When finished reading, invite discussion about friendships. How can friends either hurt our lives or help our lives by either selfish or thoughtful choices? To finish up, have the family decide how the camel’s nose is similar to a friend who would rather hurt you than care for you.
End by sharing Elder Holland’s quote:
“Take heart. Let the Spirit work in you in ways that you may not be privileged to see or even recognize. More will go on than you think if you are honest in your heart and trying to live as purely as you can.” (Jeffrey R. Holland, “Teaching, Preaching, Healing,” Ensign, Jan. 2003, p. 33.)
As children of God, we have permission to establish healthy boundaries and to say no to “camel-nosed” friends. Testify that as each of us seeks Heavenly Father’s help through consistent prayer, scripture study, and service, our strength will increase to make courageous choices. And when we make courageous choices regarding our friendships, we not only bless our own lives, we then bless others and help them become better than they were before!
Closing Prayer: By invitation
Refreshments: “Mutabak”, a sweet dessert, would be a fun treat to finish off this Arabian-themed FHE. Click on this link. Not only is “Mutabak” fairly simple, but it is exotic and fun! Or another exciting site to explore is Fauzia’s Pakistani Recipes for a variety of exotic (and not-so-exotic) treats. And remember, refreshment time after FHE is simply a time to enjoy the sweet smiles and personalities of your dear family. Life is too short to do anything but that!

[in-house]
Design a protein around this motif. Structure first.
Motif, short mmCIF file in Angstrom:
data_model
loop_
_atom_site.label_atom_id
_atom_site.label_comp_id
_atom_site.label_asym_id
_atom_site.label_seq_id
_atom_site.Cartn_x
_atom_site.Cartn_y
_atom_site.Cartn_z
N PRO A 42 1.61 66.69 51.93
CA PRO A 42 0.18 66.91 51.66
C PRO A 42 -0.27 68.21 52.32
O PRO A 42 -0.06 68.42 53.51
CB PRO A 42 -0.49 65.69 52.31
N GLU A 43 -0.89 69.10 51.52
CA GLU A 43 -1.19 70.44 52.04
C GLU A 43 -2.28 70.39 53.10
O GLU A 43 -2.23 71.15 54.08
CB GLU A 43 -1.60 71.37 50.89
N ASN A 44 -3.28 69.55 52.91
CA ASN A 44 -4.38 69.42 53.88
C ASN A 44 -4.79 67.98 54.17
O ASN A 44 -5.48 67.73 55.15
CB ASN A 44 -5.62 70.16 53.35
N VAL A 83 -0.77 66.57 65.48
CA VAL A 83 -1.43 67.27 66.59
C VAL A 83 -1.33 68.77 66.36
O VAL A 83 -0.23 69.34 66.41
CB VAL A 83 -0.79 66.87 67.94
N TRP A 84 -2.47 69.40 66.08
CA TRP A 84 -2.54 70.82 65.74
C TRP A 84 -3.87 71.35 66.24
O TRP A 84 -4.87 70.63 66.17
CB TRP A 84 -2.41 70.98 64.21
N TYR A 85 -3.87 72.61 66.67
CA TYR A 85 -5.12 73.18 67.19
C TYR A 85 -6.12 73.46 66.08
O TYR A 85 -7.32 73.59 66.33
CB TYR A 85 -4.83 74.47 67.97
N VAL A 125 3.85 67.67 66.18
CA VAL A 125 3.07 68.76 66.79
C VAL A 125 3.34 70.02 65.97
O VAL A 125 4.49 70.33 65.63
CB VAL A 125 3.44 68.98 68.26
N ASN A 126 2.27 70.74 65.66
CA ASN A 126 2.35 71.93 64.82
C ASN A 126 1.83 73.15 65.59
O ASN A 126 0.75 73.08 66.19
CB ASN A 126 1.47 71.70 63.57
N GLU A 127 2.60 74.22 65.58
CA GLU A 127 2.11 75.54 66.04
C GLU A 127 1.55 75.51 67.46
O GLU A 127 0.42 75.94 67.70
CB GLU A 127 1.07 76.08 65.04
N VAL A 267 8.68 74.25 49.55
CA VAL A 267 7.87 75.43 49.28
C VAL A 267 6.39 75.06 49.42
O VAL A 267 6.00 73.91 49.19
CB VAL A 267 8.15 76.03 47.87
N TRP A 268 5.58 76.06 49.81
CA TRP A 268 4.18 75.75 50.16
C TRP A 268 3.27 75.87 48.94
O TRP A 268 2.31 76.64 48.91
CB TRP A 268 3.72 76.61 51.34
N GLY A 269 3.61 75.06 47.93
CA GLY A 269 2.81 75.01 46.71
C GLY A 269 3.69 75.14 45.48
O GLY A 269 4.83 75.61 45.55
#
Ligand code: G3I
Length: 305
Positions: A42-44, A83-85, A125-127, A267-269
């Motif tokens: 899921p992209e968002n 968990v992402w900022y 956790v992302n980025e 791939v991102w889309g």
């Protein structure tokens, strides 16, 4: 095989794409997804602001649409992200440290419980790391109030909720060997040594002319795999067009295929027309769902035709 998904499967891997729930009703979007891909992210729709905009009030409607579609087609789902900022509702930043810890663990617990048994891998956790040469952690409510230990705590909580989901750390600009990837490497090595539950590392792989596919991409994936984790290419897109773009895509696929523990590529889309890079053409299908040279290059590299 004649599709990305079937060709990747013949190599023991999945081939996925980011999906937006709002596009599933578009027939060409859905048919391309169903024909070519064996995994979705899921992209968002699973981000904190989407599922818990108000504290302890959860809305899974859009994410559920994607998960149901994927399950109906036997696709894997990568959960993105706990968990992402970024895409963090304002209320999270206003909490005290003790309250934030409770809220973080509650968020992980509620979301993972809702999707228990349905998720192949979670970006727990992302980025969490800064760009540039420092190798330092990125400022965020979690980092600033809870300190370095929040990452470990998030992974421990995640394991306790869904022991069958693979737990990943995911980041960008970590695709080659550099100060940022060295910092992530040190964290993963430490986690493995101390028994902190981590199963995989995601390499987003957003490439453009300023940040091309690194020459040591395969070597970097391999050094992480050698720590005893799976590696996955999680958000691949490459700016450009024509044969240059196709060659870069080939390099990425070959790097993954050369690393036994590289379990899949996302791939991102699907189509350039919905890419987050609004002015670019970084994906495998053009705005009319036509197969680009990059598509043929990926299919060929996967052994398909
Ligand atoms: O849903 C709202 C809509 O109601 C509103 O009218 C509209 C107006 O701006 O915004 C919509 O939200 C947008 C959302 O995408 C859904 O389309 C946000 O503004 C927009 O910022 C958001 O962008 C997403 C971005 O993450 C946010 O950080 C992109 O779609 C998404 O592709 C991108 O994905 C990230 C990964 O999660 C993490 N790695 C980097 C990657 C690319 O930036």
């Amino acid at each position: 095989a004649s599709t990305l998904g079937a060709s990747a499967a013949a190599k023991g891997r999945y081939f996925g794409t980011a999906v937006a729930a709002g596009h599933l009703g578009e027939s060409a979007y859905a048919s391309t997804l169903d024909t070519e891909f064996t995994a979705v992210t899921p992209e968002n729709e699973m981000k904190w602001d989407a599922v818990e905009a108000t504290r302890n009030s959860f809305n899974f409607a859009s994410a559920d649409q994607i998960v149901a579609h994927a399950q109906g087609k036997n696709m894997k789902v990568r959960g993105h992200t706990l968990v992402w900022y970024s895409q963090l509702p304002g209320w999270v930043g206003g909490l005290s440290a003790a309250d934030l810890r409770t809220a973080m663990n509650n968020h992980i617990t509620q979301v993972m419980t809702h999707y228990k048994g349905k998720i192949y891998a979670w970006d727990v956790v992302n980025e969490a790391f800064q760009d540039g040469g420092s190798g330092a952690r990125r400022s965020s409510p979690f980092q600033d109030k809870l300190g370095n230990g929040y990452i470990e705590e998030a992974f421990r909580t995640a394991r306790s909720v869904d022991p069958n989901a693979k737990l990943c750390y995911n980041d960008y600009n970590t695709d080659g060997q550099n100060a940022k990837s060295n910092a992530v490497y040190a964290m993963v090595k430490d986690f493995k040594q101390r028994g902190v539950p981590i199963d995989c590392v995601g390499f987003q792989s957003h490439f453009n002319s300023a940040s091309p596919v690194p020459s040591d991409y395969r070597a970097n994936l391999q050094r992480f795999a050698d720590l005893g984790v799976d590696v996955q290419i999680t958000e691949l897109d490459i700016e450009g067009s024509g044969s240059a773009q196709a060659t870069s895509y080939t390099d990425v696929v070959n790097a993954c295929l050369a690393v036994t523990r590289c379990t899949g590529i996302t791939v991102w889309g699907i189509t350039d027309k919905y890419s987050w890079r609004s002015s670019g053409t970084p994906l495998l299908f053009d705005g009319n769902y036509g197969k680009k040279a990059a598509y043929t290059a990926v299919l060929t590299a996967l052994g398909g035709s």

President Henry B. Eyring’s talk, “True Friends,” is an excellent resource to help children understand 1) we will all be tested, and that therefore, 2) true friends are essential to feel loved, listened to, and helped throughout life. Why not read as a family a few paragraphs from President Eyring’s thoughts each evening over the next week or so before bedtime. Then as the children snuggle down into bed, you can listen and share thoughts or tips on friendships. Make sure not to criticize choice of friends; rather, simply spend time discussing true principles of human relationships. You may never know just how important your kind words may be.
C.S. Bezas obtained her Bachelor’s degree in Communications with an emphasis in training programs and human resource development. She earned her Master’s in Adult/Organizational Learning and Leadership with a focus on using transformative learning in dealing with life’s challenges. She is the author of Powerful Tips for Powerful Teachers and the creator of soothing-music found at CSBezasMusic.com. She and her husband have four children.